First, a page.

The classic James Bond martini has always fascinated me. I'm not talking about the clichéd Sean Connery "vodka martini, shaken, not stirred."  I'm talking about the real James Bond martini, which appeared in Ian Fleming's first 007 novel "Casino Royale" and only appeared in the most recent "Casino Royale" movie starring Daniel Craig.

To quote the novel:
'A dry martini,' he said. 'One. In a deep champagne goblet.' 'Oui, monsieur.' 'Just a moment. Three measures of Gordon's (gin), one of vodka, half a measure of Kina Lillet.  Shake it very well until it's ice-cold, then add a large thin slice of lemon peel. Got it?' 'Certainly, monsieur.' The barman seemed pleasant with the idea. 'Gosh that's certainly a drink,' said Leiter. 

Bond laughed. 'When I'm ... er ... concentrating.' he explained, 'I never have more than one drink before dinner. But I do like that one to be large and very strong and very cold and very well-made. I hate small portions of anything, particularly when they taste bad. This drink's my own invention. I'm going to patent it when I can think of a good name.' 

He watched carefully as the deep glass became frosted with the pale golden drink, slightly aerated by the bruising of the shaker. He reached for it and took a long sip. 

'Excellent,' he said to the barman, 'but if you can get a vodka made with grain instead of potatoes, you will find it still better.' 

To quote the movie:

Bond named this drink the Vesper martini, after a female agent in the story.
My version of this classic drink remains true to the original, though I've changed brands due to personal preference. In the novel, Bond just asks for "vodka." (Of course, this was back in the 1950's when we didn't have 100 brands to choose from!) My choice for best-bang-for-the-buck grain vodka is Tito's: it has just enough of an edge, which is what this drink needs, and it's half the price of other grain vodkas, like Grey Goose.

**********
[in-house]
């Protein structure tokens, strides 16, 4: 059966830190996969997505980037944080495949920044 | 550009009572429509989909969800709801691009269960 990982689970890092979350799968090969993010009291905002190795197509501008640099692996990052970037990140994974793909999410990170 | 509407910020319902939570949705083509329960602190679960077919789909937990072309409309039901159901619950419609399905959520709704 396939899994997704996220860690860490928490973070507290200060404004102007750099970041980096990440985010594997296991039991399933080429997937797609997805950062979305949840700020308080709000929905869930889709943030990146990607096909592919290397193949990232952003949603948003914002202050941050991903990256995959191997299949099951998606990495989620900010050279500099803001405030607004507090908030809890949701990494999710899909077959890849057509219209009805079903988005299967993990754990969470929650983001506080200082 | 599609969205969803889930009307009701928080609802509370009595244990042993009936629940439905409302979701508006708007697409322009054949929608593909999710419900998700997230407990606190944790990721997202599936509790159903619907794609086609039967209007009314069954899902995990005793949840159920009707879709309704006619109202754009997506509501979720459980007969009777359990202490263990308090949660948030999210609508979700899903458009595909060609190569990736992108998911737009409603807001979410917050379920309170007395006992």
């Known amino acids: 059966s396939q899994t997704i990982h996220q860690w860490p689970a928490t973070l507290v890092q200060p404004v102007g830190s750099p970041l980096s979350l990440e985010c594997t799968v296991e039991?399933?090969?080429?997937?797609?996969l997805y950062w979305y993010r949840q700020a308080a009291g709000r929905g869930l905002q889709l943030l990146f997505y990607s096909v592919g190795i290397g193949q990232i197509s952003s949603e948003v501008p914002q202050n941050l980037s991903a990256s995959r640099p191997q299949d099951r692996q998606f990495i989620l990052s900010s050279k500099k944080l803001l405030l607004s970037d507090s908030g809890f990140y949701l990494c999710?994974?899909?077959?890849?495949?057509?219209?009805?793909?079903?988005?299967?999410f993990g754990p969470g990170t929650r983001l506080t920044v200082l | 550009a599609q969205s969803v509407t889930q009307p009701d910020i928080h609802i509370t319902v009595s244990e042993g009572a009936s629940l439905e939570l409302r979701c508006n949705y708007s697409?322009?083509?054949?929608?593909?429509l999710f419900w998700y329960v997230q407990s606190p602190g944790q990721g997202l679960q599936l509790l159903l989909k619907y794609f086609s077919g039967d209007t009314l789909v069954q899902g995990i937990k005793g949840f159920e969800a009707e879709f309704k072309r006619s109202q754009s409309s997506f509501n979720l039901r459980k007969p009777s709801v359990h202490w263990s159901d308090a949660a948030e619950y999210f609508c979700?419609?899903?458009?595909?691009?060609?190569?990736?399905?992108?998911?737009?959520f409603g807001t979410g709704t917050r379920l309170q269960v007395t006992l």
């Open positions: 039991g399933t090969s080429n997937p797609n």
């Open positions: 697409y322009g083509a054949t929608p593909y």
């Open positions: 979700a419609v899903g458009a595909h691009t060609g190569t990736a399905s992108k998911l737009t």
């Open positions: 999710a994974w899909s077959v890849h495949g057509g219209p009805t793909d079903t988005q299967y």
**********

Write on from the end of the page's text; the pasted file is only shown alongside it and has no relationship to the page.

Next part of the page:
Bond asks for Gordon's gin. I'm partial to Hendrick's, which adds wonderful floral notes to the drink.
And the original Kina Lillet has had its formula changed in the 1980's to keep up with the times by reducing the quinine, which made it bitter. The French aperitif wine, Lillet, is today's version: a blend of wine grapes, oranges, orange peels and quinine. Lillet is not a vermouth, though you'll find it in the vermouth section of your favorite liquor store. Some aficionados claim the martini is just not the same without the original Kina Lillet formulation, but I find that the drink works just fine for me.

So...measurements true to Bond:
3 oz Hendrick's
1 oz Tito's
1/2 oz Lillet
I prefer combining these over ice in a cocktail shaker, and I stir, not shake.
I strain it into a chilled martini glass and I skip the lemon peel. I prefer three olives instead...stuffed with garlic, if my wife is away on a business trip!
A side note: the correct pronunciation of Lillet is Lih-LAY. Grammatically in French, the double-l would make it sound like Lih-YAY. So to keep that from happening, they spelled it Lilet for a while until the French were used to the correct pronunciation, then they went back to Lillet on the bottle.